A potential vendor at the SFC Farmers’ Market brought tons of food for staff to sample the other day and whenever there is a specific gluten free option I am immediately called from my desk to try it. This time there was an Indian Chickpea Flatbread for me to taste. Loved it. More than that, I decided it looked like the easiest thing in the world to make. So I did.
Looking up chickpea flatbread I came across dozens of variations all with different names from all over the world. The way I opted to make this delicious chickpea delight is most similar to Socca originating in Southeastern France. All are delicious, all are naturally gluten and dairy free.
I tested out plain and simple first and then started adding various herbs and spices. It’s up to you: do you feel like putting a Middle Eastern spin on this dish or keeping is simple as they do in Southern France? Cecina, Faina, Farinata, or Karantita, or make it Socca as I’ve done here. I also filled it with eggs and veggies for breakfast one morning for an extra treat.
1 cup chickpea flour
1 cup water
1/2 teaspoon salt (plus more for serving)
2 Tablespoons Olive Oil
optional herbs and spices: paprika, cumin, and coriander; za’atar and sea salt; chopped rosemary; dried basil and parmesan cheese…
Set the oven to broil. Whisk together the chickpea flour, water, salt, and 1 1/2 Tablespoons of the olive oil. When the oven is hot, put a 9 or 10-inch skillet in to heat up. When it becomes hot, brush a thin layer of olive oil on the skillet then ladle some of the batter into the pan to form a very thin layer.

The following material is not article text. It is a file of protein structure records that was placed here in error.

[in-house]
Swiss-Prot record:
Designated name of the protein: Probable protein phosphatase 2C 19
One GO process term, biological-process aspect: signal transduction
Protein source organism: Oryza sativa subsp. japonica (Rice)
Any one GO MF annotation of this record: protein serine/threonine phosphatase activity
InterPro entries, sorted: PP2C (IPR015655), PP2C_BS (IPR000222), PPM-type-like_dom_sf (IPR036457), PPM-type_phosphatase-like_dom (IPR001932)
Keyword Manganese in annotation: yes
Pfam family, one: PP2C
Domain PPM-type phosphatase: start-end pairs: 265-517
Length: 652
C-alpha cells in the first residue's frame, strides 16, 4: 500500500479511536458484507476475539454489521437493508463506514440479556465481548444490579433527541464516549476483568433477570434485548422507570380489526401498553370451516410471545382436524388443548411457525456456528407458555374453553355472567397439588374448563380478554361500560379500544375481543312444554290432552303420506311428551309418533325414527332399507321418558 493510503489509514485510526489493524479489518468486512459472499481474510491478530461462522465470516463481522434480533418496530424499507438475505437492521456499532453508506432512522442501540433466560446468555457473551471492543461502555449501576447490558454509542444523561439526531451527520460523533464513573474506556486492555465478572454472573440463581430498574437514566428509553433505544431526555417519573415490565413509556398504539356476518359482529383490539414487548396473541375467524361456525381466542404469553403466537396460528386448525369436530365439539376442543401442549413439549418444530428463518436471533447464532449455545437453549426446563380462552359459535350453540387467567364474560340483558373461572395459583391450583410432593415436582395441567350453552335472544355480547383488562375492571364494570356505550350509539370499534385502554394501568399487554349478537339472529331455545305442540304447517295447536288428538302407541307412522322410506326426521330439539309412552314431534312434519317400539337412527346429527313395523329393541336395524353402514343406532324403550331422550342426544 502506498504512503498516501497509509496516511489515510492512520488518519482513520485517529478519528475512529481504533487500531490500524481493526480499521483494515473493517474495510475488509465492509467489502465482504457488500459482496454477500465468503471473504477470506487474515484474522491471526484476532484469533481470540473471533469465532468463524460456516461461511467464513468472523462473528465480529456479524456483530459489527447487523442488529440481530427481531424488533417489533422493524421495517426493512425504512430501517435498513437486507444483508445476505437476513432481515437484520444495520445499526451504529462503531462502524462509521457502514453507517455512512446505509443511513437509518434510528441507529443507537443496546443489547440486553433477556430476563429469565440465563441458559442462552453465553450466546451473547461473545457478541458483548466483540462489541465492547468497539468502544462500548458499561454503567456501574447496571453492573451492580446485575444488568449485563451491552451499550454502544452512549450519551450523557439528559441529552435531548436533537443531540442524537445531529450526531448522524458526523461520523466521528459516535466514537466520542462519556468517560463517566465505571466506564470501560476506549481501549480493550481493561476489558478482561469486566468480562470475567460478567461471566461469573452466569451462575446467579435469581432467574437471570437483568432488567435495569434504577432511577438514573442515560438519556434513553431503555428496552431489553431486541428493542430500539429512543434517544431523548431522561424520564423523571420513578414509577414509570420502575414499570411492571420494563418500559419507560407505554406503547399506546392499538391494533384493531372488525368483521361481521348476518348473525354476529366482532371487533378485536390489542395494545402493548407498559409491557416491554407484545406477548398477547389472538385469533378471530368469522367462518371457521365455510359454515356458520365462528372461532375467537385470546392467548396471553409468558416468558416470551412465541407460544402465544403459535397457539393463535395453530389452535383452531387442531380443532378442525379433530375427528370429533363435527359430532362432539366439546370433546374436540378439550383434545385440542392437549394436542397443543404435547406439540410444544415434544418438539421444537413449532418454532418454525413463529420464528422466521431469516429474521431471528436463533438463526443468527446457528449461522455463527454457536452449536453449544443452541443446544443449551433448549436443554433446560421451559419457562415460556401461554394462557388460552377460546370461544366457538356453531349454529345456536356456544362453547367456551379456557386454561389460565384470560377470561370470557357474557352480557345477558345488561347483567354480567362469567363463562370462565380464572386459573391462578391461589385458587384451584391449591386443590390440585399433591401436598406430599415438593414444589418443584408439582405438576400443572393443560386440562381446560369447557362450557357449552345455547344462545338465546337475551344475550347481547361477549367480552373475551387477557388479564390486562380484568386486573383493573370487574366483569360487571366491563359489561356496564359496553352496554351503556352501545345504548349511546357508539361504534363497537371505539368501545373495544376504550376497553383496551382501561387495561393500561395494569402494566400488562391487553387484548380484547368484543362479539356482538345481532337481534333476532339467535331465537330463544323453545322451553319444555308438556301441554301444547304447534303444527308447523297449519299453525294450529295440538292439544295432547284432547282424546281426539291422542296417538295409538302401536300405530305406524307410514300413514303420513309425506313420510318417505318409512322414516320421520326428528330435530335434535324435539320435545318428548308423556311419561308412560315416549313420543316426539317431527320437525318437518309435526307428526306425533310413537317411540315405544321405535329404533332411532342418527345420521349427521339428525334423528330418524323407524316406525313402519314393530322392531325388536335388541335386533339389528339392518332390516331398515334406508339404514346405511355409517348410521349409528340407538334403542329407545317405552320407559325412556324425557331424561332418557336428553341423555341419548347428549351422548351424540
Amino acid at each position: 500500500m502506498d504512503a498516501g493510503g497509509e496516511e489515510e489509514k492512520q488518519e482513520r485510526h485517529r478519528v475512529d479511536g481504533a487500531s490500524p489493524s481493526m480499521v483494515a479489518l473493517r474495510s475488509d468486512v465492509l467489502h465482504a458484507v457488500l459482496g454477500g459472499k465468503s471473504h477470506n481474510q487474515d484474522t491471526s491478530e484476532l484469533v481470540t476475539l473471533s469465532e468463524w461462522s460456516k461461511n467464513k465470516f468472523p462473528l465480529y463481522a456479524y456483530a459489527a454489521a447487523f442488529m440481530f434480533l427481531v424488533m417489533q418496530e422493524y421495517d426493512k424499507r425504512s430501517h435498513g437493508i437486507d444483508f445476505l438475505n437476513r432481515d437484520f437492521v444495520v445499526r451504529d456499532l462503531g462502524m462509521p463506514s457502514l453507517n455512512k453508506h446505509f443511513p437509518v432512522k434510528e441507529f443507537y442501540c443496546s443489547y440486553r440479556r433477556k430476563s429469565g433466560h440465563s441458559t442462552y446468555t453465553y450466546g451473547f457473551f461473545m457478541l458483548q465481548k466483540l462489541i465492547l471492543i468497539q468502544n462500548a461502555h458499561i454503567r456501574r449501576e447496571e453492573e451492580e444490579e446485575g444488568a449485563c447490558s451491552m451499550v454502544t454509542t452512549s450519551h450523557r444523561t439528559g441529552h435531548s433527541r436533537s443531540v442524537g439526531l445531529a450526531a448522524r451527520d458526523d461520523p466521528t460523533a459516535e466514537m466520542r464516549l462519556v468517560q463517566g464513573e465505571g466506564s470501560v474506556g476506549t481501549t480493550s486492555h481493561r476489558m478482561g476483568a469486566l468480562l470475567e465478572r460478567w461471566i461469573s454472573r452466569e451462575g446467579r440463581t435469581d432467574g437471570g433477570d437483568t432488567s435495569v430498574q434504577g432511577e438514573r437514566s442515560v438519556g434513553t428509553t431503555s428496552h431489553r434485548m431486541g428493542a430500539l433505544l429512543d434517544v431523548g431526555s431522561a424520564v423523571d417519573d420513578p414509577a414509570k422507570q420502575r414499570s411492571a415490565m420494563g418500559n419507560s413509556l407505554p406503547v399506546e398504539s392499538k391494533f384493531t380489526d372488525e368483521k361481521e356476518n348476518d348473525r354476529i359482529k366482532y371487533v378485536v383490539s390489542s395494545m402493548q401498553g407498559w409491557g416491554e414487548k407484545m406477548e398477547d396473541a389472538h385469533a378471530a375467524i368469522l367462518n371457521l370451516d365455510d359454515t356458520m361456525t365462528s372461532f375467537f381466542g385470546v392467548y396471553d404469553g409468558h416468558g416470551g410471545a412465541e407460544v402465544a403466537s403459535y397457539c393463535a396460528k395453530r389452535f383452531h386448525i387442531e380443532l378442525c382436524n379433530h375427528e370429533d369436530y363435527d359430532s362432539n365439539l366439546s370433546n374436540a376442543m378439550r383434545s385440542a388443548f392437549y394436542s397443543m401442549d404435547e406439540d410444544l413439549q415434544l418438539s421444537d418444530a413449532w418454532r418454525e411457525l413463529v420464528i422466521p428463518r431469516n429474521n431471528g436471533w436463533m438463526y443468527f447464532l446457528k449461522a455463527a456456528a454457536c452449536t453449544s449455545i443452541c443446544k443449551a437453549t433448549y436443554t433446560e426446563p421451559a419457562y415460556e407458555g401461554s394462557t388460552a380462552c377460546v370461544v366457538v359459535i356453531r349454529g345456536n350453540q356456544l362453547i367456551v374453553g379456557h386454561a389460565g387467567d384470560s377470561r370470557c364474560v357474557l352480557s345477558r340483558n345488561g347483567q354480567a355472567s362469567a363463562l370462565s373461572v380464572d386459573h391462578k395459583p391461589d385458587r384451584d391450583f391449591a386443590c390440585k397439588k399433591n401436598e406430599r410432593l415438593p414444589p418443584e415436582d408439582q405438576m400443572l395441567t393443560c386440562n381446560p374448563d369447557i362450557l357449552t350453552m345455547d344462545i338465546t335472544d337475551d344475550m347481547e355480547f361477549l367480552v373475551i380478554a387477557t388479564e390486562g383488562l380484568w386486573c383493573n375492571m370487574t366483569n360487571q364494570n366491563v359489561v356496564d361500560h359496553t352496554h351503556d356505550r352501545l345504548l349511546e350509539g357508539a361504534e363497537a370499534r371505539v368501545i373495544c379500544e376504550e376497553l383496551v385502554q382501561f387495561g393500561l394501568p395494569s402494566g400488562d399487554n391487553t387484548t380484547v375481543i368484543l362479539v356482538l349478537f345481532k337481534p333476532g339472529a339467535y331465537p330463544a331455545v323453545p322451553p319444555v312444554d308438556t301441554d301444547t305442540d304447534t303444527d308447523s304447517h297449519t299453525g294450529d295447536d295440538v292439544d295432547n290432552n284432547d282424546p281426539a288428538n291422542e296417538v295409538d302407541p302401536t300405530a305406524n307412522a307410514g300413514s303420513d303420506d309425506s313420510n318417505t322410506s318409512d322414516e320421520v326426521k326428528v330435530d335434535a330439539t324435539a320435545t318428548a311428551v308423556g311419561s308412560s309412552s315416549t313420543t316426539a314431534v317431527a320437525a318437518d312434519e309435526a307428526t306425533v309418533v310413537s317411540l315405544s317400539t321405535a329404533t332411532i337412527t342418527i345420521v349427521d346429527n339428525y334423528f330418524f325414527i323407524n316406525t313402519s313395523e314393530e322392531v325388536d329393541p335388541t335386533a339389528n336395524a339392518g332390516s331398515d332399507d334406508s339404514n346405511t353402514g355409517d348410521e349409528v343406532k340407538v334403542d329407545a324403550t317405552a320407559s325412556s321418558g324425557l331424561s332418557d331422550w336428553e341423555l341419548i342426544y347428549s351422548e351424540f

I made one version about 1/8-1/4-inch thick and it was delicious but I much preferred a very thin version as it got crisp and browned nicely. Broil the socca for 4-6 minutes- timing will depend on your oven. It is done when the sides get browned and bubbley. The socca should slide right out of the skillet. Brush another bit of olive oil on the skillet and repeat the process until the batter is gone.
If you are adding herbs you can toss them on top of the batter before you broil the dish. If you’re using the spices, add them into the batter. By far my favorite version was 1/4 teaspoon cumin in the batter then 1-2 teaspoons za’atar sprinkled on top with a pinch of sea salt.
Eat hot out of the oven: cut into triangles or tear it apart with your hands.